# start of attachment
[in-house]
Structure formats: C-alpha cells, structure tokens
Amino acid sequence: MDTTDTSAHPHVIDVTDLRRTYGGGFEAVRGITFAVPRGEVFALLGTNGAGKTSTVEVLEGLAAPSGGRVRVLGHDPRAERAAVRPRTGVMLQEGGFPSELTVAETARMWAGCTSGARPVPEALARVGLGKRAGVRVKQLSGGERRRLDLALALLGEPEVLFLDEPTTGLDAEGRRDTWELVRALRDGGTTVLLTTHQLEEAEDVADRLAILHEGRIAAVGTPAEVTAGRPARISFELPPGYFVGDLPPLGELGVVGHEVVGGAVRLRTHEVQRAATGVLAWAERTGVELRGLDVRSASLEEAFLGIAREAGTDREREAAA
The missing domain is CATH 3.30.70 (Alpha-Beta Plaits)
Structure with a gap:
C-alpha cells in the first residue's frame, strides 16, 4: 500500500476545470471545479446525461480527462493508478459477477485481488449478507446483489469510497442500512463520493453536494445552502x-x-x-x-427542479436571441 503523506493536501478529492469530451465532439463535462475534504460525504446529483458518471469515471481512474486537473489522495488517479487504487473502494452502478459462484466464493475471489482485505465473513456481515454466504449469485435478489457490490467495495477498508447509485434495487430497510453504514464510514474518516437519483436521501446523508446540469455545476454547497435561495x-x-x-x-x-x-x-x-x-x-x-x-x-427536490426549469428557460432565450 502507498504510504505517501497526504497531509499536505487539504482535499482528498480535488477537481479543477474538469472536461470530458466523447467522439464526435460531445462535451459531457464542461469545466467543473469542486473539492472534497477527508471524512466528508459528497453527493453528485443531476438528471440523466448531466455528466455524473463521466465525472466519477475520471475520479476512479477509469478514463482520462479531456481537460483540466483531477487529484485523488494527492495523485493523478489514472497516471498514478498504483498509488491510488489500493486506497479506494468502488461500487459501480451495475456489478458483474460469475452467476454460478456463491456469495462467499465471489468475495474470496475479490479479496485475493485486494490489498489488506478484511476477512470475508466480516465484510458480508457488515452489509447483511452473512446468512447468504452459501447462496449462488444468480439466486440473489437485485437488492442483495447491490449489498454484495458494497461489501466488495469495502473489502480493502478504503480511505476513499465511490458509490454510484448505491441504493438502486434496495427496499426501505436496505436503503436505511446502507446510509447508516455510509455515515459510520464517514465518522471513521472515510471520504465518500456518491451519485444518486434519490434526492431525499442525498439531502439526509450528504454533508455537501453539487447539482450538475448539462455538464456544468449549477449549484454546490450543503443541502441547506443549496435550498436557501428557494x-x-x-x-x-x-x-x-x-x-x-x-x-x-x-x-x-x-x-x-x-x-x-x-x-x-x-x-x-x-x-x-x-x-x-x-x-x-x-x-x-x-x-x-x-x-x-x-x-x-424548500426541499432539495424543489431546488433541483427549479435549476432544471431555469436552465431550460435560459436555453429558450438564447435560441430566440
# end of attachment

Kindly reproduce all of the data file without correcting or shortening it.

[in-house]
Structure formats: C-alpha cells, structure tokens
Amino acid sequence: MDTTDTSAHPHVIDVTDLRRTYGGGFEAVRGITFAVPRGEVFALLGTNGAGKTSTVEVLEGLAAPSGGRVRVLGHDPRAERAAVRPRTGVMLQEGGFPSELTVAETARMWAGCTSGARPVPEALARVGLGKRAGVRVKQLSGGERRRLDLALALLGEPEVLFLDEPTTGLDAEGRRDTWELVRALRDGGTTVLLTTHQLEEAEDVADRLAILHEGRIAAVGTPAEVTAGRPARISFELPPGYFVGDLPPLGELGVVGHEVVGGAVRLRTHEVQRAATGVLAWAERTGVELRGLDVRSASLEEAFLGIAREAGTDREREAAA
The missing domain is CATH 3.30.70 (Alpha-Beta Plaits)
Structure with a gap:
C-alpha cells in the first residue's frame, strides 16, 4: 500500500476545470471545479446525461480527462493508478459477477485481488449478507446483489469510497442500512463520493453536494445552502x-x-x-x-427542479436571441 503523506493536501478529492469530451465532439463535462475534504460525504446529483458518471469515471481512474486537473489522495488517479487504487473502494452502478459462484466464493475471489482485505465473513456481515454466504449469485435478489457490490467495495477498508447509485434495487430497510453504514464510514474518516437519483436521501446523508446540469455545476454547497435561495x-x-x-x-x-x-x-x-x-x-x-x-x-427536490426549469428557460432565450 502507498504510504505517501497526504497531509499536505487539504482535499482528498480535488477537481479543477474538469472536461470530458466523447467522439464526435460531445462535451459531457464542461469545466467543473469542486473539492472534497477527508471524512466528508459528497453527493453528485443531476438528471440523466448531466455528466455524473463521466465525472466519477475520471475520479476512479477509469478514463482520462479531456481537460483540466483531477487529484485523488494527492495523485493523478489514472497516471498514478498504483498509488491510488489500493486506497479506494468502488461500487459501480451495475456489478458483474460469475452467476454460478456463491456469495462467499465471489468475495474470496475479490479479496485475493485486494490489498489488506478484511476477512470475508466480516465484510458480508457488515452489509447483511452473512446468512447468504452459501447462496449462488444468480439466486440473489437485485437488492442483495447491490449489498454484495458494497461489501466488495469495502473489502480493502478504503480511505476513499465511490458509490454510484448505491441504493438502486434496495427496499426501505436496505436503503436505511446502507446510509447508516455510509455515515459510520464517514465518522471513521472515510471520504465518500456518491451519485444518486434519490434526492431525499442525498439531502439526509450528504454533508455537501453539487447539482450538475448539462455538464456544468449549477449549484454546490450543503443541502441547506443549496435550498436557501428557494x-x-x-x-x-x-x-x-x-x-x-x-x-x-x-x-x-x-x-x-x-x-x-x-x-x-x-x-x-x-x-x-x-x-x-x-x-x-x-x-x-x-x-x-x-x-x-x-x-x-424548500426541499432539495424543489431546488433541483427549479435549476432544471431555469436552465431550460435560459436555453429558450438564447435560441430566440